Wednesday, May 6, 2015

Non-Nitrogen yeast nutrition requirements during alcoholic fermentation

In addition to their utilization of nitrogen as a nutrient during alcoholic fermentation (AF), yeasts synthesize and/or assimilate a number of factors (growth, co, and survival) that help them compete and survive in the hostile environment that is the active fermentation vessel.

Vitamins are growth factors involved in yeast metabolism with some of the needed species synthesized while others are obtained from the juice/must. The most important vitamins in the AF process are indicated in the table below.

Vitamin Characteristics
Biotin Plays an important role in sugar, nitrogen, and fatty acid metabolism
Yeasts cannot grow without biotin (low concentrations will support growth but 10 microgram/L optimal)
Supplementation of musts with biotin increases the viable yeast population and increases fermentation rate
Thiamine Deficiency leads to accumulation of various products including pyruvic acid which is responsible for much of the non-acetaldehyde sulfite pool
Pantothenate Involved in the biosynthesis of the sulfur-containing amino acids cysteine and methionine
Involved in the formation of acetyl Co-A (acetate donor in esterification)
Deficiency results in increased hydrogen sulfide production as well as higher concentrations of acetic acid and glycerol (the latter two producing negative results when coupled)
Pyridoxine Involved in the biosynthesis of the sulfur-containing amino acids cysteine and methionine
Deficiency results in increased hydrogen sulfide production
Source: Kennedy and Reid

Adequate levels of vitamins are normally available to the yeasts but, in some cases (mold infestation, excessive diammonium phosphate addition), a deficiency is recorded and supplements are required. Inactivated yeasts are an excellent source of vitamins.

Yeast cell membrane integrity will be affected by the toxicity of ethanol and the increase in permeability associated with higher ethanol levels will have a negative impact on sugar and amino acid uptake. So-called survival factors, comprised primarily of sterols and long chain fatty acids, are responsible for cell membrane integrity and fending off the ethanol effects until fermentation is complete. Survival factors are formed only in the presence of oxygen and grape musts normally contain enough dissolved oxygen which, when combined with the use of active dry yeast, allows the synthesis of adequate amounts of these factors.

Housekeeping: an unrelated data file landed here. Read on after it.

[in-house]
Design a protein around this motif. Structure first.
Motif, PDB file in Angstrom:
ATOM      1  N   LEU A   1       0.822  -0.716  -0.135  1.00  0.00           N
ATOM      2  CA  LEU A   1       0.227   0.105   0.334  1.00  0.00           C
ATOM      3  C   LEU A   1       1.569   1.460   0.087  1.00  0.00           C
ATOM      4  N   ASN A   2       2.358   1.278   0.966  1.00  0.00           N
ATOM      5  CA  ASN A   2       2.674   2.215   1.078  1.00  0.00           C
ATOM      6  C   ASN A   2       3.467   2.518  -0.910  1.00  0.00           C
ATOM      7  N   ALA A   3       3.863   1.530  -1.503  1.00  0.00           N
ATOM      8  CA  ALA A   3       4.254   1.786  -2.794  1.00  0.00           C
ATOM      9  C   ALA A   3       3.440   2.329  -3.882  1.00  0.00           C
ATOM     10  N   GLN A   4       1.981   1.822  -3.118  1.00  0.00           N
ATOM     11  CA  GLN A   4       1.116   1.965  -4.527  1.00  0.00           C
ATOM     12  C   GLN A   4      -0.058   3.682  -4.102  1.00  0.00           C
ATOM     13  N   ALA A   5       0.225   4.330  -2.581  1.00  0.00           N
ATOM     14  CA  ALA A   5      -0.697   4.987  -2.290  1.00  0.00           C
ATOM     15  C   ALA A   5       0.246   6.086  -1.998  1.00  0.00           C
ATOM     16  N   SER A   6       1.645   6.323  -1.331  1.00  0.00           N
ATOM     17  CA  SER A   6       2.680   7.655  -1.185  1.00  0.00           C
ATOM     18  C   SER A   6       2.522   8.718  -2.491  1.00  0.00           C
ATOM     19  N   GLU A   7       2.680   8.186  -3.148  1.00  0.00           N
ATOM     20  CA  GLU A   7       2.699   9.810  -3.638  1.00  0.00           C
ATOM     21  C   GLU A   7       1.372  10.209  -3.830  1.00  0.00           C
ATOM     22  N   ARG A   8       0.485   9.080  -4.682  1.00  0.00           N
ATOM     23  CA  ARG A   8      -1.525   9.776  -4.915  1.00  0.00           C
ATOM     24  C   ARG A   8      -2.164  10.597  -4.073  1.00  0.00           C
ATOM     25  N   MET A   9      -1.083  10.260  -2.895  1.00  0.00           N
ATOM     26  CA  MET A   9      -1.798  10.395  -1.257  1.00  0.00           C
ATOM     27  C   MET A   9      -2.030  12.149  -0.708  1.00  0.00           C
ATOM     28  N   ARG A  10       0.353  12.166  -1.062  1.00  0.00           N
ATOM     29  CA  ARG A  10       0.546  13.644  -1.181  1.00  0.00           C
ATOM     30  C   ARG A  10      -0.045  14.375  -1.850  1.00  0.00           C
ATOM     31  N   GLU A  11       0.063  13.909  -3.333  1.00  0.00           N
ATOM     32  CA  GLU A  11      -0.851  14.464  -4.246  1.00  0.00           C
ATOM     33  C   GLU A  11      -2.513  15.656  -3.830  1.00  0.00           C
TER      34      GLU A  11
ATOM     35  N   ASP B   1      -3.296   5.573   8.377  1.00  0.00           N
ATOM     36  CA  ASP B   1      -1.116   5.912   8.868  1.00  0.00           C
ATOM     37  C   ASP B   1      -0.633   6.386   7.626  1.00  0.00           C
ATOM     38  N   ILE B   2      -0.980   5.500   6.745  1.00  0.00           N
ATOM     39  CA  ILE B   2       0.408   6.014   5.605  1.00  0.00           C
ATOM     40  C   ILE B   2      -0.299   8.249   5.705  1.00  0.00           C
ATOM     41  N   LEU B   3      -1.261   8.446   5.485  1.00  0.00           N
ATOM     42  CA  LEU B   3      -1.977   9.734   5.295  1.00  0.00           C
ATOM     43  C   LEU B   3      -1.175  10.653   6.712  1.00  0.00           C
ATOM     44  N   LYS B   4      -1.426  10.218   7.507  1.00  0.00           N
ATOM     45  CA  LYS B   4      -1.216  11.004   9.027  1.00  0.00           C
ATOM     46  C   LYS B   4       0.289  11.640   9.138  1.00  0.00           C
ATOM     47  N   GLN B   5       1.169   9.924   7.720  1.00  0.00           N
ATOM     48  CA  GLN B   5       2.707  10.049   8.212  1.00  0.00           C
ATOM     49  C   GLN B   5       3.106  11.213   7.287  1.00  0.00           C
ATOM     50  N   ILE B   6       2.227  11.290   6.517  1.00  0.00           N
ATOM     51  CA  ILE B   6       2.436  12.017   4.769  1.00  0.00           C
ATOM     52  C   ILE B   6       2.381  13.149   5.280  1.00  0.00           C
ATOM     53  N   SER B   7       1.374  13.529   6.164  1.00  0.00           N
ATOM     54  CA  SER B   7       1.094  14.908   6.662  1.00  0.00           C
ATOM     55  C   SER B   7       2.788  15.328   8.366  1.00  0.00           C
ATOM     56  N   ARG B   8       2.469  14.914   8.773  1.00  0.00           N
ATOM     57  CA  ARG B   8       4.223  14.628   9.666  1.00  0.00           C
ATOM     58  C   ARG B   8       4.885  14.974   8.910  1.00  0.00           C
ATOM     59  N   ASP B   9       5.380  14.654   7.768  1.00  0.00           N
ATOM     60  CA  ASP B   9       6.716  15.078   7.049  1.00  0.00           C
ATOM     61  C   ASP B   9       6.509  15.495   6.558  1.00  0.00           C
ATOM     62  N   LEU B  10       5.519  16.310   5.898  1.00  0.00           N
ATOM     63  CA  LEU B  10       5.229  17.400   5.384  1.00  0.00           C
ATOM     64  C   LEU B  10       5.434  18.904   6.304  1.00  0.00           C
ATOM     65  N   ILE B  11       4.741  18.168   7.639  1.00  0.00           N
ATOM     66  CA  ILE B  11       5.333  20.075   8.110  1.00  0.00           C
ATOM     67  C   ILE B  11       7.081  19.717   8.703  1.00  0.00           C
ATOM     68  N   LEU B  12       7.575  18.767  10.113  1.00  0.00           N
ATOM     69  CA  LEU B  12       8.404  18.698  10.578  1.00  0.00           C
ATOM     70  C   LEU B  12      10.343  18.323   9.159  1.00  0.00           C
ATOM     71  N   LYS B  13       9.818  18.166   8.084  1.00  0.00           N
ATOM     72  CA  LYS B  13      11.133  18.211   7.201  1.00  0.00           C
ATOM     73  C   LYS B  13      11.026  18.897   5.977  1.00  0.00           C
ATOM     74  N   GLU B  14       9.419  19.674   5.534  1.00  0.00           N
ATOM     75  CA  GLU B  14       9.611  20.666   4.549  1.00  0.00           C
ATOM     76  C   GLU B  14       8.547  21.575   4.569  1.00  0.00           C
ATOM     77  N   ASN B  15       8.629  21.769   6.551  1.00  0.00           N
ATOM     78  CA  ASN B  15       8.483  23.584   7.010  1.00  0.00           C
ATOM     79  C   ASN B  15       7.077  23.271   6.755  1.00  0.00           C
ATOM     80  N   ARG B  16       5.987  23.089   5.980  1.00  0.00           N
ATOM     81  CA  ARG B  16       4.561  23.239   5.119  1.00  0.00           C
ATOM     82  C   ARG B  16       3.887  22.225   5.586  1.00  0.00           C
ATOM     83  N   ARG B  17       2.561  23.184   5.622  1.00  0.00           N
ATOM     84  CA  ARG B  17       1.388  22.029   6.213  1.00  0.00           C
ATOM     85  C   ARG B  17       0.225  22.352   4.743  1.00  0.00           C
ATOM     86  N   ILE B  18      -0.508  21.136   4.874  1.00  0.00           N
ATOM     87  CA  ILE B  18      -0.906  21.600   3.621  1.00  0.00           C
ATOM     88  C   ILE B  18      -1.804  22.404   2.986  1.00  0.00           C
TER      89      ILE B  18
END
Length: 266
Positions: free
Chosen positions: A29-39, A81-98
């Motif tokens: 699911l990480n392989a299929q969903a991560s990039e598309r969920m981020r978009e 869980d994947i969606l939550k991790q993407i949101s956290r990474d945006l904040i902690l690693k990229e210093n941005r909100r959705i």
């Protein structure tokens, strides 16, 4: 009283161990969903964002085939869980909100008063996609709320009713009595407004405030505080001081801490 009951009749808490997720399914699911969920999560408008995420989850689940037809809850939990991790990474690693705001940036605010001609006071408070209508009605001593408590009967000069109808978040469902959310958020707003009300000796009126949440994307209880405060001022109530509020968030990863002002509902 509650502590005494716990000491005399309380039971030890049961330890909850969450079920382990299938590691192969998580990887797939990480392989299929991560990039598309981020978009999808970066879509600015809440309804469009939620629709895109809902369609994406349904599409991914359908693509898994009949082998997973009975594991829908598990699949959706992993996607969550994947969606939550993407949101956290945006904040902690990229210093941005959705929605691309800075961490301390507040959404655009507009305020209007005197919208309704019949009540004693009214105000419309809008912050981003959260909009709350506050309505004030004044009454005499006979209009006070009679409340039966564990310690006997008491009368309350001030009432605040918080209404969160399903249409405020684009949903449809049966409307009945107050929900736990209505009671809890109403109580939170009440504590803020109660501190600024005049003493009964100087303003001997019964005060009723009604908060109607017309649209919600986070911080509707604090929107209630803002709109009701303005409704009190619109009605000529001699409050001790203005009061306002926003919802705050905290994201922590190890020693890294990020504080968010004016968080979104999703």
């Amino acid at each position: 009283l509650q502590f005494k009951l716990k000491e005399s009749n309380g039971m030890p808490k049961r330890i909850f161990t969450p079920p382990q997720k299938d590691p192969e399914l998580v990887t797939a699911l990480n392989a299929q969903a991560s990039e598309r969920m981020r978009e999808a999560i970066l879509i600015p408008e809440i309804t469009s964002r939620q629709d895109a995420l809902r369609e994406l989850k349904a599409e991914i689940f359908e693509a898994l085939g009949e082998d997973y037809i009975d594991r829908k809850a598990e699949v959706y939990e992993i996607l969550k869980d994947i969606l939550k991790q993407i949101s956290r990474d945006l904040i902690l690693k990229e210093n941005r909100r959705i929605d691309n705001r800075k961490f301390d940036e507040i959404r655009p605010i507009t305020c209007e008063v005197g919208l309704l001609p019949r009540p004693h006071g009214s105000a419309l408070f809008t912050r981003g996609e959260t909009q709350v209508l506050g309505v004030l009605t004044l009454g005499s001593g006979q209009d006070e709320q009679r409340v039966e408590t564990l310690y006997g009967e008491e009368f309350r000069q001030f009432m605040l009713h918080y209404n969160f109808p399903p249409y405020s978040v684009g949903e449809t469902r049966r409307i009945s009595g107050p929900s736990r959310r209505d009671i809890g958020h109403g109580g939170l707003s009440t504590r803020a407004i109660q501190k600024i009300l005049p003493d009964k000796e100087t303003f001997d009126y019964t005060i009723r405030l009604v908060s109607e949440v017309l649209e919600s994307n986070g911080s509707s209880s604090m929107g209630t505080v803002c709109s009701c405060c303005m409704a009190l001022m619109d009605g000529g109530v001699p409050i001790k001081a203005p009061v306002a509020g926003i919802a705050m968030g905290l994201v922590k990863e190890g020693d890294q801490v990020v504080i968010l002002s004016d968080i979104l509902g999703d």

If ascorbic acid is added to the must for any reason, no additional survival factors will be synthesized. Naturally occurring sterols and fatty acids will be depleted by excessive must clarification. In the case of a deficiency of these survival factors, the addition of inactivated yeast cells or yeast hulls will provide a rich source of sterols and fatty acids. Such additions should be adde at the beginning of fermentation and should utilize fresh material to avoid the negative effects associated with lipid oxidation.

Minerals are used as co-factors in enzymatic reactions in the yeast cell with the most important ones being magnesium, potassium, manganese, zinc, iron, and copper. The grape must normally contains adequate levels of these minerals to support AF to its conclusion.

©Wine -- Mise en abyme

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